I wouldn’t mind doing one once in awhile where appropriate, but since Ken has a nice little streak going (I know he’s mentioned to me that he has a certain amount of pride in the fact that he’s gone 52 weeks straight without missing a column) I’m not sure he’s going to want to break it at this point.

    But thank you for the interest nonetheless.

  5. Justin Souther

    Failing that, you’re in for my examination of the mystery of the use of triptych mirrors in movies. Well, come to think of it, you’re likely to get that anyway, but we could conceivably stave it off for a while, which would probably be for the best. (Just ask Justin Souther.)

    Well, it’s certainly a neat anecdote in the world of Ken Hanke. I’m not sure you could write an entire column on it (then again, you wrote an entire column about trying to watch a Bob Hope movie and injuring your leg, so I should probably retract that statement).

  6. Dread P. Roberts

    The fact is I used “avoirdupois-afflicted” because it was fun—and if you don’t think language is fun, why are you reading in the first place?

    I LOVE language, and even though I often struggle more with minor grammatical errors more so than I would like, it is almost always fun. I especially like using and learning big words, and I fully – and proudly – admit to being somewhat of a bizarre geek among certain circles when it comes to this sort of thing. Truth be told, I almost enjoy ready silly little bloggers whine about big words just as much. I think all responses to these crazy quibbles should be handled henceforth in the form of Shakespearian or – even better – in the form of Old English reminiscent of “Beowulf”.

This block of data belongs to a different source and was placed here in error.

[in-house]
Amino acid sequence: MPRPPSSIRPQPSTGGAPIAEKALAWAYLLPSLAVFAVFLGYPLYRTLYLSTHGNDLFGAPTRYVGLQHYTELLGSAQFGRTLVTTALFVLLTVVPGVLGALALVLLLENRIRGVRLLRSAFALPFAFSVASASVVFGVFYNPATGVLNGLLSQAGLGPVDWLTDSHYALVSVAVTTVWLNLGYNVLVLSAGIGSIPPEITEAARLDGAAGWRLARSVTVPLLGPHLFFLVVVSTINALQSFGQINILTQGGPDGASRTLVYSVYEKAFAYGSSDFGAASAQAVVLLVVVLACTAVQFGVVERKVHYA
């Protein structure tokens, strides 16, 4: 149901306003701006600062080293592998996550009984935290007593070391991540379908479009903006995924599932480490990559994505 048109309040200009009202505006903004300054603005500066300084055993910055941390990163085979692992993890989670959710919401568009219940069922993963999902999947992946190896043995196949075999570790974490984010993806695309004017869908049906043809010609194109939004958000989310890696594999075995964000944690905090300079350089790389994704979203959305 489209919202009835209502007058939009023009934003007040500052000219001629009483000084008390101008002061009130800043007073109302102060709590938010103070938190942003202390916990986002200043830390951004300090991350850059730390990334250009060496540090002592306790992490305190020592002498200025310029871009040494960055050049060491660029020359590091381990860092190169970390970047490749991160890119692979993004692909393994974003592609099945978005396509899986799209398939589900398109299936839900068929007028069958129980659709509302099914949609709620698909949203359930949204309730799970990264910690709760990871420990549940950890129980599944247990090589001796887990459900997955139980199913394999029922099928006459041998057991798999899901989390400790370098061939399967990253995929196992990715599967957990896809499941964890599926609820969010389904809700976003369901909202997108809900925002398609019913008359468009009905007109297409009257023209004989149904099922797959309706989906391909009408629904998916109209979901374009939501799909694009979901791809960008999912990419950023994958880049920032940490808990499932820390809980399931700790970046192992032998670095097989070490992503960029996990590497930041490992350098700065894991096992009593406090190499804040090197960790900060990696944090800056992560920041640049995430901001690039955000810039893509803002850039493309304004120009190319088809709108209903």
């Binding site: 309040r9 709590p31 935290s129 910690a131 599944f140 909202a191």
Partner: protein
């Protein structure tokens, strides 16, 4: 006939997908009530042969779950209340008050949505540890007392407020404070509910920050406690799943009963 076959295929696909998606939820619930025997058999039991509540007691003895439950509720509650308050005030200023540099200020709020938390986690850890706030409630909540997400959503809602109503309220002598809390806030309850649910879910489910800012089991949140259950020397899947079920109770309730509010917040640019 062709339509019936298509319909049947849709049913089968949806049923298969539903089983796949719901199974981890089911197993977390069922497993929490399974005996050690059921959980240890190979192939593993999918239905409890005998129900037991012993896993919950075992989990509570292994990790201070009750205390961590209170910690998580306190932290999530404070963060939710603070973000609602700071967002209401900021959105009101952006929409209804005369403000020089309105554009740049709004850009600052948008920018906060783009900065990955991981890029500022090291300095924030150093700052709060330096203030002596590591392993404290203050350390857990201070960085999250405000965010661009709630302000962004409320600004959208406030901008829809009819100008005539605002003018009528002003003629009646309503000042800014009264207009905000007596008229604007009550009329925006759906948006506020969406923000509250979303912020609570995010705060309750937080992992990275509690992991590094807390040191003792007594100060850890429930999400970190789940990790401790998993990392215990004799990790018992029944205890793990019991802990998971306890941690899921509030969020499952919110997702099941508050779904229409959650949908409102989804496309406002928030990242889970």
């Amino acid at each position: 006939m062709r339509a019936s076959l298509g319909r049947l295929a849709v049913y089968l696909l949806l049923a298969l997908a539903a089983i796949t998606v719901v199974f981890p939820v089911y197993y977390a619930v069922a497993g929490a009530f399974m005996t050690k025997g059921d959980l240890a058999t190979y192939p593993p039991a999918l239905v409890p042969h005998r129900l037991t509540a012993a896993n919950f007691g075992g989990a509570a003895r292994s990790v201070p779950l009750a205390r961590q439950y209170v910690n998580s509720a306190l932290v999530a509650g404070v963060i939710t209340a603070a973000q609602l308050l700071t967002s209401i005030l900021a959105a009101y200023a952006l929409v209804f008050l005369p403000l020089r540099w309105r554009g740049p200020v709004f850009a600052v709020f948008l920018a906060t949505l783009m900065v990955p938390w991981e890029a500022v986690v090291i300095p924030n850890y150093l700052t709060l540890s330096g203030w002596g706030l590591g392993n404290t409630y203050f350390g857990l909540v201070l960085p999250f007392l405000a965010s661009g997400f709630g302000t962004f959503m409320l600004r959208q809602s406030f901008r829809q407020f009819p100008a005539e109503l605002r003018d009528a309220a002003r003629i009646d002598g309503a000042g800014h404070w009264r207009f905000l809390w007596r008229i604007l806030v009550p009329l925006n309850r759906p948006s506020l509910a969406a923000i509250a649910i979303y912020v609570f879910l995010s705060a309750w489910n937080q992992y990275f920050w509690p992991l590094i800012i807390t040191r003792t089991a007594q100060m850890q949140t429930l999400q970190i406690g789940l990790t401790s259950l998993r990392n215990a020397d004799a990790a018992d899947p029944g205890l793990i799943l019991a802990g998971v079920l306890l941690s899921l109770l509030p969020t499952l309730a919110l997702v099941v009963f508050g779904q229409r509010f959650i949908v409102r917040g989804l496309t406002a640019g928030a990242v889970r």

I stand ready for that eventuality with remarks about that person’s mother’s footwear and father’s facial adornments.

    English pig-dog! Go and boil your bottoms, son of a silly person. I blow my nose on you, so-called Arthur-king, you and your silly English K…kaniggets. I don’t want to talk to you, no more, you empty-headed animal, food trough wiper. I fart in your general direction. You mother was a hamster and your father smelt of elderberries.

  7. Ken Hanke

    First of all, Ken, congratulations are in order for a full year under your belt. You’ve taken to this brave new world of the interwebs with seemingly great ease.

    Thanks. I suspect the seeming ease is a combination of being naturally somewhat gregarious and 8 years of moderating a message board.

    First, how about a monthly/weekly ‘movie-club’ where a film is assigned/voted for, we all watch, and then gather, online, to discuss?

    I’ve seen this attempted on a couple of classic horror boards, but I’ve rarely seen it work. That’s not something against the idea, merely an observation. I’ve often thought that the reason it tends to fail is simply that most of the folks on those boards have already said as much as they have to say about the same films. So…having said that, it’s a concept that I think could work — and it’s certainly one I’d be more than open to trying. Anyone have any suggestions as to how this could be worked out? It seems a little much for me just to pick a movie. Anybody want to throw out some titles and see what other people think?

    Second, how about a video version of your reviews? Technically this doesn’t belong in the “Screening Room”, but it’s something that consistently occurs to me.

    We’ve played around with this — in fact, Justin and I were taped doing something of this nature for another website. We’ll see how that works out. A lot of this hinges on finding the time and a schedule for it that works.

    And finally, I would love to see Justin have a similar platform to the “Screening Room”. I love your reviews, love your critical analysis on this blog, and respect your depth of knowledge and appreciation for the art. But I must confess that many of your references fly right over my head. I am in my early thirties, so my knowledge of the movies that you grew up on and influence your discussions is extremely limited.